A New View on Tension in the Workplace

HR manager Jake and Chief Financial Officer Robert constantly fight. They don’t agree on anything. When Jake is asked about Robert, he calls him a robot without a heart. When Robert is asked about Jake, he describes him as a difficult person who is constantly picking on him and always resists his suggestions. The tension between the two doesn’t only affect the atmosphere in the board room, but has also spread to their departments. Whenever someone of the HR and Finance department needs to work together, they first have to present their findings to Jake and Robert before they can start executing them. This has slowed down the operations a lot. Many people in the company, even outside the HR and Finance department, experience this as a difficult wade through mud instead of an easy walk on the pavement.

Account manager Jeffrey has had a couple of very slow months acquiring new customers. Since this affects his paycheck, he experiences a lot of stress from it. One day he storms into a meeting of the marketing team and shouts out: “Why are you giving me such lousy leads? I can’t do anything with them!”

The majority of secretary Manuela’s work consists of putting data from paper survey forms into a database. However, the past three weeks she has been processing less forms than usual. Her manager notices this. He also got alerted that at this pace the deadline won’t be met, which gives him stress. He asks Manuela what is going on. She answers that her wrist hurts pretty badly and that she needs to give it a rest every 20 minutes.

These are a few examples of common situations in the workplace. Tension is felt a lot. Since tension isn’t a nice feeling our default strategy is to avoid it, ignore it, push it away or project it on something or someone else. We don’t want this energy, so we don’t allow it or we want to get rid of it.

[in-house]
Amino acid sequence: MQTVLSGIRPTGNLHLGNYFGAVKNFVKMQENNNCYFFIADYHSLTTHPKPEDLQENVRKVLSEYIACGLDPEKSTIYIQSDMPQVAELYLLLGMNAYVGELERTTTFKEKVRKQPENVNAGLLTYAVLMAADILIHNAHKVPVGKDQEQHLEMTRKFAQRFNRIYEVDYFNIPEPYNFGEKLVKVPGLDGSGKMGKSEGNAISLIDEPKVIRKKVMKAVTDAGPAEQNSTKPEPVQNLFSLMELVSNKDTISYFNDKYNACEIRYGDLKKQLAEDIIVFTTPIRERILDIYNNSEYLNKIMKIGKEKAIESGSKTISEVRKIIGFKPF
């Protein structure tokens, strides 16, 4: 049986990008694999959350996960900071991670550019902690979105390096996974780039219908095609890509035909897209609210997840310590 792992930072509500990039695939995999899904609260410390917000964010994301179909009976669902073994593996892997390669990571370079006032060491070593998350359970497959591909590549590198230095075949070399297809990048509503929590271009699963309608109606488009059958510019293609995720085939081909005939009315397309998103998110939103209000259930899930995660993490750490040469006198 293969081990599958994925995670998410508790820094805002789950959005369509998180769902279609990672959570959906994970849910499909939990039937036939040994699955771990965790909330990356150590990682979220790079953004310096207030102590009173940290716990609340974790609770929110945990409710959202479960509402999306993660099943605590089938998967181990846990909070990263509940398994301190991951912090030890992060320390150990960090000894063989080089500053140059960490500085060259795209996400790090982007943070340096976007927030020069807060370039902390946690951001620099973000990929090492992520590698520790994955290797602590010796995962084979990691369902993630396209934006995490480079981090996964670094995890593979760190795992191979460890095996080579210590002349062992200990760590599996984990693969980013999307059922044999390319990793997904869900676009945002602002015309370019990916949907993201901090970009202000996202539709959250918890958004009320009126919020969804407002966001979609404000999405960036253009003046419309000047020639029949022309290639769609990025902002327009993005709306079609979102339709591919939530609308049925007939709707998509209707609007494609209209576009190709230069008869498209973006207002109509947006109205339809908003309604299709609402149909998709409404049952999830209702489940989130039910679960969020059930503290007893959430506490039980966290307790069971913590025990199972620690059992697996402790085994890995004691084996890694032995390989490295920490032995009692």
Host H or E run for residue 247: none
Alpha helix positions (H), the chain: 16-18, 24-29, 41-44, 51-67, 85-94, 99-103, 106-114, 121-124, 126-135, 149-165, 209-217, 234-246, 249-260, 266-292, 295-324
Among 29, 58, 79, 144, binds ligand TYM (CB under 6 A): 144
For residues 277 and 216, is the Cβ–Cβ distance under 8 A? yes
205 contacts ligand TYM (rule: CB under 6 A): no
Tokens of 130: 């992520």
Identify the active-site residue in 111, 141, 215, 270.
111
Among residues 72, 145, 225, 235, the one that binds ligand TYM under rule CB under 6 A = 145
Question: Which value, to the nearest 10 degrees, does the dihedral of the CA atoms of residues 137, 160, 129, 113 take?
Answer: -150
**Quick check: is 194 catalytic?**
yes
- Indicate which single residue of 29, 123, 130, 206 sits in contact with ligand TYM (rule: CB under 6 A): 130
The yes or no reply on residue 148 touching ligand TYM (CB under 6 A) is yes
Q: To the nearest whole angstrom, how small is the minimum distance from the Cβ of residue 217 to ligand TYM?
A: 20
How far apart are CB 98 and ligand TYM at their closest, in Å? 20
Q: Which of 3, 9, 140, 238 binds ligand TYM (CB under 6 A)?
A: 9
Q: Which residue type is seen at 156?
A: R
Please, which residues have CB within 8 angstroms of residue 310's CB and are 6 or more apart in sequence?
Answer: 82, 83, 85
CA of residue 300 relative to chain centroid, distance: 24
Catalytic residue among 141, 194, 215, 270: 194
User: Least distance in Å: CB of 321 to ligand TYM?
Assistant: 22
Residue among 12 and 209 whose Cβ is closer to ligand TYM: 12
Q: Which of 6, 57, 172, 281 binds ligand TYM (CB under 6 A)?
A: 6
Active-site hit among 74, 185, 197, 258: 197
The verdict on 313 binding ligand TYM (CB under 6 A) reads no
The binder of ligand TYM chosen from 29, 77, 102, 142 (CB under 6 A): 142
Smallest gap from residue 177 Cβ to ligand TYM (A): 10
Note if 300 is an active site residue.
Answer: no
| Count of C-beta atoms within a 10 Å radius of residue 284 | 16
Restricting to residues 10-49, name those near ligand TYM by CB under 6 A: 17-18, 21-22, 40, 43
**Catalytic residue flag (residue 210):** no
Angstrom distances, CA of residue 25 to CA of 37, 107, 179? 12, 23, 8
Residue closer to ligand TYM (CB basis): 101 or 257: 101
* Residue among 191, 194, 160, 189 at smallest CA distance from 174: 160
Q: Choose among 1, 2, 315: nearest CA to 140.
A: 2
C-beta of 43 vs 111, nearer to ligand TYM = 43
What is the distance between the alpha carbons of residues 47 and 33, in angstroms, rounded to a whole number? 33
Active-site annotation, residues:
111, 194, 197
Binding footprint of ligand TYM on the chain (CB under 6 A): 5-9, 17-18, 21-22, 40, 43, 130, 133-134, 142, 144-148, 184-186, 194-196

However, when we do that, we miss opportunities. We miss opportunities to grow as a person, as a team, as a department or as an organization.

Tension is actually only pointing to something that is not in flow. When we change our perception of tension and consider it as a pointer to a deeper root or towards a solution instead of a problem, beneficial changes can happen.

Let’s look at the examples again.

When Robert was asked when their relationship started to be so difficult, he couldn’t remember. Jake on the other hand, knew exactly the date and circumstances. Six years ago, there was an unexpected and urgent board meeting. It was on the afternoon of day of his 10-year wedding anniversary. To celebrate Jake had booked a hard-to-get dinner table in a famous restaurant, months in advance. He had been looking forward to this evening since then. During the meeting Robert went deeper and deeper into the numbers of the company and asked every board member detailed questions regarding costs and budget. The result was that the meeting ran two hours longer and Jake didn’t make the dinner. He was very disappointed and blamed Robert. When Robert was presented with the facts, he also remembered the meeting because it was indeed an exceptional occasion. However, he didn’t recall Jake mentioning anything about his 10-year anniversary dinner. He added that if he had been aware of the situation, then he would have asked Jake about the numbers of the HR department first so Jake could have made the dinner. When Jake was asked about this, he admitted that he hadn’t told Robert that he had booked that table. When they both understood what the root of their conflict was, it was almost solved immediately. As a result, things went smoothly again in the board room, between the HR and Finance department and in the rest of the company as well.